Nordic race

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Nordic youth

Nordic race typically refers to an in traditional racial anthropologyargued subdivision of the Caucasian race. According to traditional worldviews this Germanic race is the most competent of the races as culture-creators as well as the most moral and altruistic.


Norwegian women, circa 1940[1]
Nordic family by Harald_Damsleth

Nordic people can be identified by their tall stature, blond to light brown hair, blue or blue-gray eyes, and dolichocephalic cranial index. Mixing with the Mediterranean race has produced individuals with short stature and blond hair, dark hair and blue eyes, etc. The population of this racial type has sadly been on the decline in modern times.[2]

Races of Europe

Europeans can mainly be divided into four races:

  • Nordic race (Germanic peoples, especially northern Germany and Scandinavia)
  • Alpine race (prevalent among Celts and populations of the Alps)
  • Mediterranean race (prevalent among Mediterranean and - to a lesser extent - Irish and French peoples)
  • Dinaric race (prevalent among Balkans populations)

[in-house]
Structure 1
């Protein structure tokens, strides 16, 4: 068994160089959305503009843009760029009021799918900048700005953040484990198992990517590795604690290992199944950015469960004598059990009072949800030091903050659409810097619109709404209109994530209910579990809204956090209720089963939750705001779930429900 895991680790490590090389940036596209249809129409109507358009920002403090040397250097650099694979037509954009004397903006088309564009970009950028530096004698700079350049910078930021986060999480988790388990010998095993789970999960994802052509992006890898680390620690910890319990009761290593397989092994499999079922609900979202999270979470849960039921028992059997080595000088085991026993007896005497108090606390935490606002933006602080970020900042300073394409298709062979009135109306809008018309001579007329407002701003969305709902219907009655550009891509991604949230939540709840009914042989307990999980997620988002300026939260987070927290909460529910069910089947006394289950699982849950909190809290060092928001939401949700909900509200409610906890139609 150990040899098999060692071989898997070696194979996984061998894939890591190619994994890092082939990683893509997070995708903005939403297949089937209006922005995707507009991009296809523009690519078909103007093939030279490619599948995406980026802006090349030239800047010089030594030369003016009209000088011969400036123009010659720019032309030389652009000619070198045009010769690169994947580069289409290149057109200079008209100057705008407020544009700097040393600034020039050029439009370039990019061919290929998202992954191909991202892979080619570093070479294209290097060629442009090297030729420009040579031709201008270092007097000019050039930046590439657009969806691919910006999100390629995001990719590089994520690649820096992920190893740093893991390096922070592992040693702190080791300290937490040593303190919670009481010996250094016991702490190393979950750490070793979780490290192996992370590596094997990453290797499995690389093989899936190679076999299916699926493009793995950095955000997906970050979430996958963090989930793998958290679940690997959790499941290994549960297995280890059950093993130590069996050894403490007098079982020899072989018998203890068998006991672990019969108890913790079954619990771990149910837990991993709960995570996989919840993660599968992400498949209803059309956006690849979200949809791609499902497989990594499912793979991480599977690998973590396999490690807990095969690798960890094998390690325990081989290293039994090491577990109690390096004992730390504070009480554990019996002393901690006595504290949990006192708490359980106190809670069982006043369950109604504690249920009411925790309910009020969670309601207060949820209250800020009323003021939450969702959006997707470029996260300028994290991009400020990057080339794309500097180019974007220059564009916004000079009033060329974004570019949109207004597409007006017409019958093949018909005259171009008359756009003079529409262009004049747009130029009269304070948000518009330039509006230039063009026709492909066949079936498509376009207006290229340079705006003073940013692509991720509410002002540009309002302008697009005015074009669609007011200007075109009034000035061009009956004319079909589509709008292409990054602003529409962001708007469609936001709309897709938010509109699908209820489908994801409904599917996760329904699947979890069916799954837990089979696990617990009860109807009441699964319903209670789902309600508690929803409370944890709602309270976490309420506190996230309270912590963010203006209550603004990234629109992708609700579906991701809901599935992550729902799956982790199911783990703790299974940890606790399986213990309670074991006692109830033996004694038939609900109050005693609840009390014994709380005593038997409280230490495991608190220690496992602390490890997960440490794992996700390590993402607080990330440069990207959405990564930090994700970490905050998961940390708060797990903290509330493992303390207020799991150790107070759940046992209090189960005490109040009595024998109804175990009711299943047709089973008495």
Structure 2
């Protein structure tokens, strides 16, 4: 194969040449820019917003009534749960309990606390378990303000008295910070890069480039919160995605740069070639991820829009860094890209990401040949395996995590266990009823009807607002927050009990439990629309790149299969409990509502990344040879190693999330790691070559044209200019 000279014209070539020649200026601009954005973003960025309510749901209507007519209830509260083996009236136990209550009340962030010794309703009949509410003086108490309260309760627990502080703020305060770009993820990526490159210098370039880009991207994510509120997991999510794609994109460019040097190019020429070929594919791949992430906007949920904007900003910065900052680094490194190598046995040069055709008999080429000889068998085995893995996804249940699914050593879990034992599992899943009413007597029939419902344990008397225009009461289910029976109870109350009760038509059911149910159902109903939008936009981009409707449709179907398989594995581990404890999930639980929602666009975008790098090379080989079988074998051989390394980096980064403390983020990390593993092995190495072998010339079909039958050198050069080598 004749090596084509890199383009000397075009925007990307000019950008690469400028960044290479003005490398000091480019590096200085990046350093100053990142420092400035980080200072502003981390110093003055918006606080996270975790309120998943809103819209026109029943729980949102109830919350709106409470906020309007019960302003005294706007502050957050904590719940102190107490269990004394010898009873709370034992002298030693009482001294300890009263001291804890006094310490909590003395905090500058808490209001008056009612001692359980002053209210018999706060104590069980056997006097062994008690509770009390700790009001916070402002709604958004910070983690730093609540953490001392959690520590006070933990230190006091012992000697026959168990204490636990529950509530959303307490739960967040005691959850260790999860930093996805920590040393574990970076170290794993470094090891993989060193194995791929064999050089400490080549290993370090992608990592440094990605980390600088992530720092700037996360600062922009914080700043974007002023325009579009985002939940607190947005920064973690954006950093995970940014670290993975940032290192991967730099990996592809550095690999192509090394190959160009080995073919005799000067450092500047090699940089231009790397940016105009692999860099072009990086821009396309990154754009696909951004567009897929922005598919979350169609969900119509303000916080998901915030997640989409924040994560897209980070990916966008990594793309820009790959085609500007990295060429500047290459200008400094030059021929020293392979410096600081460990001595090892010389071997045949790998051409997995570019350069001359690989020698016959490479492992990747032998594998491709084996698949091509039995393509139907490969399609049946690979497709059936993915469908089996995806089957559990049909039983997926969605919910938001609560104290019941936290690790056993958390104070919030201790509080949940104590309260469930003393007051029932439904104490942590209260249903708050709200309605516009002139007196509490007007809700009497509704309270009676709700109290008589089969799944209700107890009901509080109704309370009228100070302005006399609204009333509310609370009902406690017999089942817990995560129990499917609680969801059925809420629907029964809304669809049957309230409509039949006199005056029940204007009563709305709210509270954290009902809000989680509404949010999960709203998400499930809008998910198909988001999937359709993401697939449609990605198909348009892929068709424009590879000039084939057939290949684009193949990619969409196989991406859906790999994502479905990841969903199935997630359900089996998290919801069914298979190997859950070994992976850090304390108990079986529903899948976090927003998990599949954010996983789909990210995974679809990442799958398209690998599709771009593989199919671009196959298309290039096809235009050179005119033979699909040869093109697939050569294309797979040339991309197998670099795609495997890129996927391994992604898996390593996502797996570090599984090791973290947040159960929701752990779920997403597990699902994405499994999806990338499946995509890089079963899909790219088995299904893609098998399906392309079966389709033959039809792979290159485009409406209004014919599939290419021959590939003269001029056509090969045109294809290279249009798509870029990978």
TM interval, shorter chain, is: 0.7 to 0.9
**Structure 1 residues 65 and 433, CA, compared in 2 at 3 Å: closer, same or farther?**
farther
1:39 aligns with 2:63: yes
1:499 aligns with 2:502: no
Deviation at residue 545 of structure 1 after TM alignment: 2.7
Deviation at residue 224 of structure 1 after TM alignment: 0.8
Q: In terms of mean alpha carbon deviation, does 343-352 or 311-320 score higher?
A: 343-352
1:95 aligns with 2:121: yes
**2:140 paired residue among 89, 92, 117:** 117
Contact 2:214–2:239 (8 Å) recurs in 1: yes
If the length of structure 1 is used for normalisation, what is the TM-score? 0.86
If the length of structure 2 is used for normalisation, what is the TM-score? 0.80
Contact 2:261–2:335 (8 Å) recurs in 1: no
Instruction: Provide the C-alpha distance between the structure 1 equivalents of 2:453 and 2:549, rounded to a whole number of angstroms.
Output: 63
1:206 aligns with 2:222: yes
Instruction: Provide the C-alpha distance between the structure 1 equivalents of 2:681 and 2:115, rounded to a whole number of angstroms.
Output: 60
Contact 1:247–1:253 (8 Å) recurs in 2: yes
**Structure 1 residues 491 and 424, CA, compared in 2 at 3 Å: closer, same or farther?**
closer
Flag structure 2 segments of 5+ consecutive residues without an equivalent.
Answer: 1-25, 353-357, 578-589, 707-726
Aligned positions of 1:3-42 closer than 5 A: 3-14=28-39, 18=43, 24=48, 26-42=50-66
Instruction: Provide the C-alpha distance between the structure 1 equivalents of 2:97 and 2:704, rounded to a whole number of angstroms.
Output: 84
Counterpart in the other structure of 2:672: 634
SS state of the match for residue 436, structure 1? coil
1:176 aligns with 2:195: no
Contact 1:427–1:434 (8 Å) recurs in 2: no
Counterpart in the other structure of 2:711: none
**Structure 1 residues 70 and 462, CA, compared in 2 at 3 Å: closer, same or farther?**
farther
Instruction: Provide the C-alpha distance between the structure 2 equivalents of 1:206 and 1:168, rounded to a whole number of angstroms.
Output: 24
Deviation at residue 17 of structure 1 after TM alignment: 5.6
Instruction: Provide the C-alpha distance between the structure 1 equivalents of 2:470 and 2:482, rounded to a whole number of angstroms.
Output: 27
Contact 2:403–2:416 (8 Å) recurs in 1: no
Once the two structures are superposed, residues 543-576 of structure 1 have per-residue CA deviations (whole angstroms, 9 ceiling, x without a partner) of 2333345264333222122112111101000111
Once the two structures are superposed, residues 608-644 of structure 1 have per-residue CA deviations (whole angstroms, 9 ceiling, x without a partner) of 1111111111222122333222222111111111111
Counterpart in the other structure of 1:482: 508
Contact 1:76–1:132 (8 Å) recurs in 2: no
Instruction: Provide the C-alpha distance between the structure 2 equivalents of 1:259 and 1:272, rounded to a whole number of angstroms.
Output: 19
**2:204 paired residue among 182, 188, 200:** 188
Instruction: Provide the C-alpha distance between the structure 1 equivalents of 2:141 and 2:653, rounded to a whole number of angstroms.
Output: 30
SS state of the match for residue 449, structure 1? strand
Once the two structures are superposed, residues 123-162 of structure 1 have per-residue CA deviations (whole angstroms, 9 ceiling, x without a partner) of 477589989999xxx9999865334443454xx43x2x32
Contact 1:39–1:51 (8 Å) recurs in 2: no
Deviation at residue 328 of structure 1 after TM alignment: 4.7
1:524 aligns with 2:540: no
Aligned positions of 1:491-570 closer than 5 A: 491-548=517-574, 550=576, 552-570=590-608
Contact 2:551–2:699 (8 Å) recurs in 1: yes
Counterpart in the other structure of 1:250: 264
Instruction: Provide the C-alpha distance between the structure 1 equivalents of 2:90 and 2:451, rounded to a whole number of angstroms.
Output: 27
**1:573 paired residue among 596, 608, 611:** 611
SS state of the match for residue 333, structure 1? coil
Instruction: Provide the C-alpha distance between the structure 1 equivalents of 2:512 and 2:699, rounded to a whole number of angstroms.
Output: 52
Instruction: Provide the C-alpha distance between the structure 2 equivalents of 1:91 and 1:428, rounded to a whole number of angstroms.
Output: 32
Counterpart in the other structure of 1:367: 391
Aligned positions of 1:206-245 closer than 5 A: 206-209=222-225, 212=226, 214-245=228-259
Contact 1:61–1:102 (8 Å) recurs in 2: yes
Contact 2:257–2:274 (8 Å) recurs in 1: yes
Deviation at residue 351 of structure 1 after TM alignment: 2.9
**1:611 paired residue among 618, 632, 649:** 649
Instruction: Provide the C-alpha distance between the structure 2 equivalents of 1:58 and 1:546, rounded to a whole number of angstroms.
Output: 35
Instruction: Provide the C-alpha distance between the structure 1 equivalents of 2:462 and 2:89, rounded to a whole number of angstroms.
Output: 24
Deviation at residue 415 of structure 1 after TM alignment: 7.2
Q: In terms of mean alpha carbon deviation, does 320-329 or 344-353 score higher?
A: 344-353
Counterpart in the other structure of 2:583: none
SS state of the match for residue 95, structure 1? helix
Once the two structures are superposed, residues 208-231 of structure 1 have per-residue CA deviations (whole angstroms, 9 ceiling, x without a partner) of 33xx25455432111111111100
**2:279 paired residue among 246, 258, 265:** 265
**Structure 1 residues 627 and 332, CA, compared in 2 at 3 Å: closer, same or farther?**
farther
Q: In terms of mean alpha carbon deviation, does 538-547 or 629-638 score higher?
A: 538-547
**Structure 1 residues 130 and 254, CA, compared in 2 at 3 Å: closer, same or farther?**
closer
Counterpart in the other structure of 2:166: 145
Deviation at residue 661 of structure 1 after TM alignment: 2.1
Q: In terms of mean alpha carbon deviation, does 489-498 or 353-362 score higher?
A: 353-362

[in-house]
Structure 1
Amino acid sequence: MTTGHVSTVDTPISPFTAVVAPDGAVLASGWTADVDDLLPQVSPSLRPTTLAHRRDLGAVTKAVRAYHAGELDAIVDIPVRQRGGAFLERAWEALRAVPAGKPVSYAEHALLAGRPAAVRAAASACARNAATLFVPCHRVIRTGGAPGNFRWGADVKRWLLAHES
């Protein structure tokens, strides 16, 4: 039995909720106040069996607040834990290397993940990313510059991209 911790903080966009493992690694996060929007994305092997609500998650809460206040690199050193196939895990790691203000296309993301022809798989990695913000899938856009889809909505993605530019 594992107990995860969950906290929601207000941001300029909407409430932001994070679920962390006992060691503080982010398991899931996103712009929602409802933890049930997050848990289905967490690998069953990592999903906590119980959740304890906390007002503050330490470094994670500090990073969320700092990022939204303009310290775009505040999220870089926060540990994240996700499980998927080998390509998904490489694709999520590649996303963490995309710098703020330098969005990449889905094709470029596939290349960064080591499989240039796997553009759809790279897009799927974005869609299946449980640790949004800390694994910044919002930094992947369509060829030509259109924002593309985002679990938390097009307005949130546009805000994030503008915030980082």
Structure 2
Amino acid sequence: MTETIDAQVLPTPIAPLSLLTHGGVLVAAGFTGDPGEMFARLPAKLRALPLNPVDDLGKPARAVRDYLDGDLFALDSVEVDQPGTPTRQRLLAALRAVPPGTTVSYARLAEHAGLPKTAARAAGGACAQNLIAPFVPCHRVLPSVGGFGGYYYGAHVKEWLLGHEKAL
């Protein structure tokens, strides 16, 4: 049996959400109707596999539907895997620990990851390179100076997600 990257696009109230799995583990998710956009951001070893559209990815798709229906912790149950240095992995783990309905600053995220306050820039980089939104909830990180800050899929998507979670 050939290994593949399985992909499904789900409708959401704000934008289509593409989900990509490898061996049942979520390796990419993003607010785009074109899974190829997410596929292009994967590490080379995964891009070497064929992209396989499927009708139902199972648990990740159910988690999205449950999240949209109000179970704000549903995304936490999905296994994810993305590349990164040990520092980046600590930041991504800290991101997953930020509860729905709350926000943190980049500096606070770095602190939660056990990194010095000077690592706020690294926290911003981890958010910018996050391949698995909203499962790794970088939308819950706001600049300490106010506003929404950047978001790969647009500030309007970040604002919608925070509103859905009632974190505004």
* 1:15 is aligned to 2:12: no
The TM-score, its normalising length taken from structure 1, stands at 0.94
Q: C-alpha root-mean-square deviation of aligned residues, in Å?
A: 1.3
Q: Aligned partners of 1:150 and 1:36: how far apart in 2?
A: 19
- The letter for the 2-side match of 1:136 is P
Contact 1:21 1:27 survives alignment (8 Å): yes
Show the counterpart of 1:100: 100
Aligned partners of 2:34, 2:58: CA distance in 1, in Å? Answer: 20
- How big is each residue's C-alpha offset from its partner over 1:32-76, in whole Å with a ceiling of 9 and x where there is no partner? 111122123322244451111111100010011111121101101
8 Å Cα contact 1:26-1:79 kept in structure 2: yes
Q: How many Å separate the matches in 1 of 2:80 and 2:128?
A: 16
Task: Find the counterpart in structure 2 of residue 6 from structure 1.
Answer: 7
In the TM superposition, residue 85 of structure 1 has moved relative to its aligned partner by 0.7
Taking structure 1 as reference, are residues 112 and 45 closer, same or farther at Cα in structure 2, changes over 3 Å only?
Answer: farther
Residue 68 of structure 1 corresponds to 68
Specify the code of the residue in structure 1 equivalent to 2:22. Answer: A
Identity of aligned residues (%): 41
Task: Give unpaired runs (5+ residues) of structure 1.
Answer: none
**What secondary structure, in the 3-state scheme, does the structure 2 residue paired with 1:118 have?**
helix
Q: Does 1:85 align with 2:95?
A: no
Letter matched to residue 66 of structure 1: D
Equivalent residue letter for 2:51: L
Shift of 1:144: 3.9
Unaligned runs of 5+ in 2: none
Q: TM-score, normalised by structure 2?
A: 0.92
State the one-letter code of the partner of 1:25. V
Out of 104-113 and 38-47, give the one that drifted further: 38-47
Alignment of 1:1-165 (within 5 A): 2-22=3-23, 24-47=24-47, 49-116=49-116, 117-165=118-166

Some eugenicists closely follow the racial classification proposed by economist William Z. Ripley in his book The Races of Europe: A Sociological Study (1899). Ripley examined correlations between geography and measurements of the human body, called anthropometric data. Using that data, Ripley classified Europeans into three distinct races, whom he called Teutonic, Alpine, and Mediterranean, based on features such as stature, eye color, and skull shape. Madison Grant made one major alteration to Ripley’s classification system, changing Ripley’s term Teutonic, a word associated with Germany, to Nordic. According to Andrew S. Winston, Grant did this to avoid anti-German sentiment of World War I, which was occurring at the time that Grant published The Passing of the Great Race.

Nordish race

The "Nordish race" is an argued race, related to the Nordic race, associated with Richard McCulloch.

See also

Further reading

External links


  2. Madison Grant: The Passing of the Great Race: Or, The Racial Basis of European History, 1916